In addition to its main office in Mechanicsburg, Pennsylvania, Members 1st has nine branch offices in Pennsylvania: two in Carlisle; two in Camp Hill; two in Harrisburg; and three in Mechanicsburg. It has 210 SEG's, all of whom are located in central Pennsylvania. Members 1st does, however, have individual members who reside outside the central Pennsylvania region. Its members may be employed by a subsidiary of an SEG which is located in a state other than Pennsylvania. The employees of a subsidiary of an SEG are also eligible for membership in Members 1st.*fn7

In addition to their memberships in the National Association of Federal Credit Unions, both Members First and Members 1st offer mortgages, personal property loans, VISA credit cards, ATM cards, and insurance policies. In addition, Members 1st offers telephone banking, and Members First allegedly intends to offer the same in the near future. (Members 1st's Counterstmt. of Undisp.Mat. Facts ("Members 1st's Counterstmt.") ¶ 45.)*fn8 Both parties also use the radio and newspaper media to advertise their services. Towanda, where Members First's sole Pennsylvania branch office is located, is approximately 151 from Mechanicsburg, 173 miles from Camp Hill, 143 miles from Harrisburg, and 160 miles from Carlisle, Pennsylvania, the sites of Members 1st's branch offices. According Members 1st, it has a five-year strategic plan which includes the addition of four or five branch offices in Cumberland County, Pennsylvania and/or the counties contiguous thereto.*fn9

On December 23, 1996, Members First filed a complaint for equitable and monetary relief. It then filed an amended complaint on January 21, 1997. By order dated March 30, 1998, the court placed the matter on its February 1999 trial list. On September 29, 1998, Members 1st filed a motion for leave to amend its answer to the amended complaint. Prior to the completion of briefing of the motion, the parties filed the instant cross-motions for summary judgment on October 15, 1998, in accordance with the deadlines set forth in the court's March 30, 1998 order.*fn10 On December 31, 1998, the court granted Members 1st leave to amend its answer to assert an additional defense. By the same order, the court: (1) permitted the parties to reopen discovery with respect to only those issues raised by Members 1st's new defense; (2) granted them leave to supplement their motions for summary judgment; and (3) continued the trial until May 1999. On February 25, 1999, Members First filed the supplemental motion for partial summary judgment also currently before the court.

II. Summary Judgment Standard

Federal Rule of Civil Procedure 56 provides that summary judgment is proper when "the pleadings, depositions, answers to interrogatories, and admissions on file, together with the affidavits, if any, show that there is no genuine issue as to any material fact and that the moving party is entitled to a judgment as a matter of law." A factual dispute is "material" if it might affect the outcome of the suit under the applicable law. See Anderson v. Liberty Lobby, Inc., 477 U.S. 242, 248, 106 S.Ct. 2505, 91 L.Ed.2d 202 (1986). A factual dispute is "genuine" only if there is a sufficient evidentiary basis which would allow a reasonable fact-finder to return a verdict for the non-moving party. See id. at 249, 106 S.Ct. 2505. The court must resolve all doubts as to the existence of a genuine issue of material fact in favor of the non-moving party. See White v. Westinghouse Elec. Co., 862 F.2d 56, 59 (3d Cir. 1988).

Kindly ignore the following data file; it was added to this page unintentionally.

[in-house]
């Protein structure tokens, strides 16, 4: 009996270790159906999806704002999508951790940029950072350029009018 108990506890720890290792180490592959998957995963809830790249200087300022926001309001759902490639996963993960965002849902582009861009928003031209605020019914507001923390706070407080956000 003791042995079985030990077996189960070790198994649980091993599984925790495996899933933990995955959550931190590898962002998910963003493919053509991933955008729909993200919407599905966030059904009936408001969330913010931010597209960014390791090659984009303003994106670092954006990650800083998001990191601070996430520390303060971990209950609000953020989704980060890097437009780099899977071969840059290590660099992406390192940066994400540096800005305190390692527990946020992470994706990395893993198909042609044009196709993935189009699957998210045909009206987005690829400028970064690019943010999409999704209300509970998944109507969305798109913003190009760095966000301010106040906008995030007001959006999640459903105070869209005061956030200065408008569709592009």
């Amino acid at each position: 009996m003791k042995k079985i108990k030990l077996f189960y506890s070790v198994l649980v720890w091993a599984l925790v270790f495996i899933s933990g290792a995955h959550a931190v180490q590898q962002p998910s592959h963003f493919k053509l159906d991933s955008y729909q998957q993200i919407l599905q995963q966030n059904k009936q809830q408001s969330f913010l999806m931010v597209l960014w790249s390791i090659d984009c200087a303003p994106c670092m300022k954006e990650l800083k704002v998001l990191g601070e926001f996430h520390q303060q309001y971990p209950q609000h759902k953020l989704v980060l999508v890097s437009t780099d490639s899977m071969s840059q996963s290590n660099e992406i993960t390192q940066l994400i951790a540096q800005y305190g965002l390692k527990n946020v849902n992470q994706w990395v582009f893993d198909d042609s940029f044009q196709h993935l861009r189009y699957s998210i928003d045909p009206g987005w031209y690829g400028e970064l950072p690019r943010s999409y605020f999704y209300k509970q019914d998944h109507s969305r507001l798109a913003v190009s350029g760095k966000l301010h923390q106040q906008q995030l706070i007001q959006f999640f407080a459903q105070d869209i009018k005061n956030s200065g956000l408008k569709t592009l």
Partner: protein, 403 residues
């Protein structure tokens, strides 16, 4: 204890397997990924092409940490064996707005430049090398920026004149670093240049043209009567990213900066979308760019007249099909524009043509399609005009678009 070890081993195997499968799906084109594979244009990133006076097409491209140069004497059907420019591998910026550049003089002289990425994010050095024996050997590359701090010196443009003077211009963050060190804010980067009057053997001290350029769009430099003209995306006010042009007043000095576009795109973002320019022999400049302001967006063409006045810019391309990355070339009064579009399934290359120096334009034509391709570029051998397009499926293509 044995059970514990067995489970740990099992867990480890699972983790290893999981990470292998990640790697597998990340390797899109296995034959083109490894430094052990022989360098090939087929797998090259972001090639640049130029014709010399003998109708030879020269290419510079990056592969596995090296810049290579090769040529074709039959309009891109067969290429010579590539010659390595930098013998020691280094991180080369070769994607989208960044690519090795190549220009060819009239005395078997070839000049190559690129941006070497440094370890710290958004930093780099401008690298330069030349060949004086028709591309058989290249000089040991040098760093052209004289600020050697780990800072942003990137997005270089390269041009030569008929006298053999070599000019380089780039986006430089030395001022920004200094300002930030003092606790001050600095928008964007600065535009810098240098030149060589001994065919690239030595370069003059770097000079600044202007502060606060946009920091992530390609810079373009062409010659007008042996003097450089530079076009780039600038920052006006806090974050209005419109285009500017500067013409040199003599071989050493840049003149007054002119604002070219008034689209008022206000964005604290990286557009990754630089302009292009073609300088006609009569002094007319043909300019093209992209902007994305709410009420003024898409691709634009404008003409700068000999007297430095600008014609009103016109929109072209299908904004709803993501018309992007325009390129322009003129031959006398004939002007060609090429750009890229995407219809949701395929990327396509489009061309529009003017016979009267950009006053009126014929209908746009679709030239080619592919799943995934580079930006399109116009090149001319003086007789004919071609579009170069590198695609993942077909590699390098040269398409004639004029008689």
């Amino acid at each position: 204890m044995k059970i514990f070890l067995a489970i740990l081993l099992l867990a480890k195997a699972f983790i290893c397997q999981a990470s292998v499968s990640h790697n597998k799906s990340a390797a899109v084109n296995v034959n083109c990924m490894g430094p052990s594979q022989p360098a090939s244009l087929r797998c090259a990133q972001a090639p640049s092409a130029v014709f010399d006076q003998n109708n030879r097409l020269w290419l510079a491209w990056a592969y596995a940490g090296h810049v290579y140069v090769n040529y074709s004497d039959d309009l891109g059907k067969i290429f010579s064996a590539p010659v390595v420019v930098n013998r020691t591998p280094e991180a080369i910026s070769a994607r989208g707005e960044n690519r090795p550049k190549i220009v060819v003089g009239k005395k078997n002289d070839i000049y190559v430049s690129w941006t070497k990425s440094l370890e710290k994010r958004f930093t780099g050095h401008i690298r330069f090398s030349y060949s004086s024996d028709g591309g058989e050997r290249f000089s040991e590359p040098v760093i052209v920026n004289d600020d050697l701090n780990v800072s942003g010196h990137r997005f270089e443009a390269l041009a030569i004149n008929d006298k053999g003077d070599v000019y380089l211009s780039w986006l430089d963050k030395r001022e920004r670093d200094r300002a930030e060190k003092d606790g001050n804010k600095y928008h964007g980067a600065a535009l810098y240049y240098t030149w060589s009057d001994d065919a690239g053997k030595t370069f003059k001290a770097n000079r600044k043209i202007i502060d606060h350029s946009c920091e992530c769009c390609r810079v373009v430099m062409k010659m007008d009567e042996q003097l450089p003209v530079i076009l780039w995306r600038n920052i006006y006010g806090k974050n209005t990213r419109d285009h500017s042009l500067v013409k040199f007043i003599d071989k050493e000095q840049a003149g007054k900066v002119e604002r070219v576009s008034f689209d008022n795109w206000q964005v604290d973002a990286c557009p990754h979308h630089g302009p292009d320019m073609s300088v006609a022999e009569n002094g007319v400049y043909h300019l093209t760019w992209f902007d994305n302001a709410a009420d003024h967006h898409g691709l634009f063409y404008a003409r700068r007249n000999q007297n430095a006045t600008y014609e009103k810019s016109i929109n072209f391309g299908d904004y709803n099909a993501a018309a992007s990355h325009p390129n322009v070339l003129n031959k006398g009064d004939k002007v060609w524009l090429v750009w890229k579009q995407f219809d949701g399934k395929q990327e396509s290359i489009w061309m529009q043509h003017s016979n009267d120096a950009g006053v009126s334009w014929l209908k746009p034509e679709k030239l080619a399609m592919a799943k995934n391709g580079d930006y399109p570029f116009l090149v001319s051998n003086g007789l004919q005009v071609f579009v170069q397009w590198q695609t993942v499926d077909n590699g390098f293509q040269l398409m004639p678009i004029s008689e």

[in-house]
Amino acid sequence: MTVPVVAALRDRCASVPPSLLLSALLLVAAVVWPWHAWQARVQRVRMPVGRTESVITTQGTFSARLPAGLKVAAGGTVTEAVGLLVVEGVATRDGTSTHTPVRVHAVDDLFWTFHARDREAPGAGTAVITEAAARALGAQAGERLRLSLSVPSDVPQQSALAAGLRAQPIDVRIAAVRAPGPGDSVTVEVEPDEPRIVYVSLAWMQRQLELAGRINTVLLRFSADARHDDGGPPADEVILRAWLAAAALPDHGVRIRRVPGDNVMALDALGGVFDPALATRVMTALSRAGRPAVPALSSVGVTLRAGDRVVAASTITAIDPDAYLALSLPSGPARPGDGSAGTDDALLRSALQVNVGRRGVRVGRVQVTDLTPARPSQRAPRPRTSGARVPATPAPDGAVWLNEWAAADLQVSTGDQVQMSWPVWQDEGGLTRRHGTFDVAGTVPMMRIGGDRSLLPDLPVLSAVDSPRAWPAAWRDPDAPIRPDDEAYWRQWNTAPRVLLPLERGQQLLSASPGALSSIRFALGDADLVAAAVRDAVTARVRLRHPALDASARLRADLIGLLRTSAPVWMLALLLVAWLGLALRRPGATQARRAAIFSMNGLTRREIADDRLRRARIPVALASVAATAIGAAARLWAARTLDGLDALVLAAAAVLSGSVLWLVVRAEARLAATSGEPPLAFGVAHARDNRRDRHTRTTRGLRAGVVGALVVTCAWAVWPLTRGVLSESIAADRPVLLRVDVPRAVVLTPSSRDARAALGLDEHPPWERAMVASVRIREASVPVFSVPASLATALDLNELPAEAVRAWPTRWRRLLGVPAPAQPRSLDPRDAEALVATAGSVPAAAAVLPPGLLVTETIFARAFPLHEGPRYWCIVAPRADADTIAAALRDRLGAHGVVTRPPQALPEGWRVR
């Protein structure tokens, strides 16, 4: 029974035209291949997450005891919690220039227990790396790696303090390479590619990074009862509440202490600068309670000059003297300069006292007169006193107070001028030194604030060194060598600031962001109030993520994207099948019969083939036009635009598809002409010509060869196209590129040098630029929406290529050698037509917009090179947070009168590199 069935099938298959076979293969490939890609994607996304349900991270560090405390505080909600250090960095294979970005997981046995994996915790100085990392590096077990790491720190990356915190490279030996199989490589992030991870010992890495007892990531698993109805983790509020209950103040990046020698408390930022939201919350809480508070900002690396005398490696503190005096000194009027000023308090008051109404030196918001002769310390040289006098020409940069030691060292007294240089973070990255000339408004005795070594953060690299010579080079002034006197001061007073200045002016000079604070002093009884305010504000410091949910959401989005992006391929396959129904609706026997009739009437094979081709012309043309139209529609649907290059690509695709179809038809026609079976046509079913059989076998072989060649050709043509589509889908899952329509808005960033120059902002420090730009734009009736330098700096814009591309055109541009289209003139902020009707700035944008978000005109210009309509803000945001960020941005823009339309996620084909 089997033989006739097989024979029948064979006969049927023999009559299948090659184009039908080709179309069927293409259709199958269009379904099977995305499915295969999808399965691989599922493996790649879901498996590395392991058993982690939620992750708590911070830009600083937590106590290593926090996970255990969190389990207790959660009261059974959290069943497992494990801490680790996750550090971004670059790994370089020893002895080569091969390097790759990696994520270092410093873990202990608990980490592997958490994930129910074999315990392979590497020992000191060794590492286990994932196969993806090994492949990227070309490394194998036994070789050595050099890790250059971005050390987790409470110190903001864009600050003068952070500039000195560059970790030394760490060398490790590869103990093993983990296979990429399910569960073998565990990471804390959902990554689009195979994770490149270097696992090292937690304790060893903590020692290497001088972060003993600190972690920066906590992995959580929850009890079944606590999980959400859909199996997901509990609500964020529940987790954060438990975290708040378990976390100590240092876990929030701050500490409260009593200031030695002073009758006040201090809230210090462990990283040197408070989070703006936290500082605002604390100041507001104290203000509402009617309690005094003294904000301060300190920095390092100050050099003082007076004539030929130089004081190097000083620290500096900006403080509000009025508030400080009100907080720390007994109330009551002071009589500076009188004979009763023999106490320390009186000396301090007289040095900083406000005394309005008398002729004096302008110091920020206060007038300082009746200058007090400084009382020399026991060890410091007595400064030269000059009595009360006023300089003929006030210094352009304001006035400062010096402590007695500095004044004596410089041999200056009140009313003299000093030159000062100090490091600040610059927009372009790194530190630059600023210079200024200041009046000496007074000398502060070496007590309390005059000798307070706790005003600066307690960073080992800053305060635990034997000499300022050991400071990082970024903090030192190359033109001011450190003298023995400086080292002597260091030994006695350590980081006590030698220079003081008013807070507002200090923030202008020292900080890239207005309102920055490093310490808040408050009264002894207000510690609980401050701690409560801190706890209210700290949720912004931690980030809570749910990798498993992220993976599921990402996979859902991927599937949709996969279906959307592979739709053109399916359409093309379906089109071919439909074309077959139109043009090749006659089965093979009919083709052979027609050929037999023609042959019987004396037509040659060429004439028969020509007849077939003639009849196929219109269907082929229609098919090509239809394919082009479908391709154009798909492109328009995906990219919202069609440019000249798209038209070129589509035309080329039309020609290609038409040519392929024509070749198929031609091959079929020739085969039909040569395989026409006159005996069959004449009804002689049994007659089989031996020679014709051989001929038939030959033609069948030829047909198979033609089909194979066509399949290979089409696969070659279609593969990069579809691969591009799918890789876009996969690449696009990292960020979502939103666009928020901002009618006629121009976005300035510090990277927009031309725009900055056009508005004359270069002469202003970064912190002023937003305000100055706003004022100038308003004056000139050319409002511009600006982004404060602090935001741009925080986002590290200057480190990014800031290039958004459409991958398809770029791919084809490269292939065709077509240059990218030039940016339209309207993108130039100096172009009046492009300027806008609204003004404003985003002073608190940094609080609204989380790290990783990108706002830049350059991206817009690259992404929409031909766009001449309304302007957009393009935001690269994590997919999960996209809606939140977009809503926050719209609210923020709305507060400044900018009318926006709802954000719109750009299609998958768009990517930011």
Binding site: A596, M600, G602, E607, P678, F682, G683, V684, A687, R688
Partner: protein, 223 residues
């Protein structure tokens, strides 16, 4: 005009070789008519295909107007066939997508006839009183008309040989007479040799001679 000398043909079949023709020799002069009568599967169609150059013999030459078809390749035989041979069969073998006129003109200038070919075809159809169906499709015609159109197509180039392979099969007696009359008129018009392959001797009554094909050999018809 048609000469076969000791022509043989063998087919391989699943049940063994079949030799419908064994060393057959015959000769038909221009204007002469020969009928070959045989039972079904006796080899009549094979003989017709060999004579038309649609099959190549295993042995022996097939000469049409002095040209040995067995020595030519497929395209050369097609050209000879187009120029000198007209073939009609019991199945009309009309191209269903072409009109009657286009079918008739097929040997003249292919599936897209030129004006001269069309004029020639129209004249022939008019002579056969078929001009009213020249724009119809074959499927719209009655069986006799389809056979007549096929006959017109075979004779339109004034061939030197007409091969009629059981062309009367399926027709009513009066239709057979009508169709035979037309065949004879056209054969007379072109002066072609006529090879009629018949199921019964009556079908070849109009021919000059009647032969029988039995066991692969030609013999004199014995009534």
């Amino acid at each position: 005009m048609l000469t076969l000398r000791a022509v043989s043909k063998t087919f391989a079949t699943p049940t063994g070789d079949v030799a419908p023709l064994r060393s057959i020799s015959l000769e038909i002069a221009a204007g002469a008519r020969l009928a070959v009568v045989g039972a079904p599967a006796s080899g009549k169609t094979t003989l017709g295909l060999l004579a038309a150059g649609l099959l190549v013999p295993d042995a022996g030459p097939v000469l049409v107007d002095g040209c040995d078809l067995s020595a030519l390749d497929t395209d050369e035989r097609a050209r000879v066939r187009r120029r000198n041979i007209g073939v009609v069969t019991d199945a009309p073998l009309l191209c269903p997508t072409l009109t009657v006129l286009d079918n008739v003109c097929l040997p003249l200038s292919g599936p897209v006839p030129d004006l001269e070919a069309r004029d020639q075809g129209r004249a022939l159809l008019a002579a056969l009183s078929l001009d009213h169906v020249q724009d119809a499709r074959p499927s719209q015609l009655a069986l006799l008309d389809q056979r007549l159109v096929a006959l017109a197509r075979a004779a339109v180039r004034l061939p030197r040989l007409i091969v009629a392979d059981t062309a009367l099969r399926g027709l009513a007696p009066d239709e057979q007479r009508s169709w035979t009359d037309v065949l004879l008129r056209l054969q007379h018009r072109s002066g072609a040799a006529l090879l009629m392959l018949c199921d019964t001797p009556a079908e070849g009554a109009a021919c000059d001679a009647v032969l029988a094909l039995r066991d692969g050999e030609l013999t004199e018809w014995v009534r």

Once the moving party has shown that there is an absence of evidence to support the claims of the non-moving party, the non-moving party may not simply sit back and rest on the allegations in its complaint; instead, it must "go beyond the pleadings and by [its] own affidavits, or by the depositions, answers to interrogatories, and admissions on file, designate specific facts showing that there is a genuine issue for trial." Celotex Corp. v. Catrett, 477 U.S. 317, 324, 106 S.Ct. 2548, 91 L.Ed.2d 265 (1986) (internal quotations omitted). Summary judgment should be granted where a party fails to make a showing sufficient to establish the existence of an element essential to that party's case and on which that party will bear the burden of persuasion at trial. See id.

III. Discussion

As previously discussed, supra Part I, this case presents claims for service mark infringement under the Lanham Act, 15 U.S.C. § 1114-1150. In its motion for summary judgment, Members 1st argues that it is entitled to summary judgment on all claims because Members First has not shown a likelihood of entry into the market area currently occupied by Members 1st. Members First, in its own motion for partial summary judgment, argues that the record demonstrates a likelihood of confusion of the parties' marks and thus, the court should permanently enjoin Members 1st's use of its allegedly infringing mark. In its supplemental motion for partial summary judgment, it further argues that Members 1st is not entitled to assert the "limited area" defense. The court will first address Members 1st's motion for summary judgment; then, it will turn to Members First's motion for partial summary judgment and permanent injunctive relief; finally, the court will resolve Members First's supplemental motion for partial summary judgment.

A. Members 1st's Motion for Summary Judgment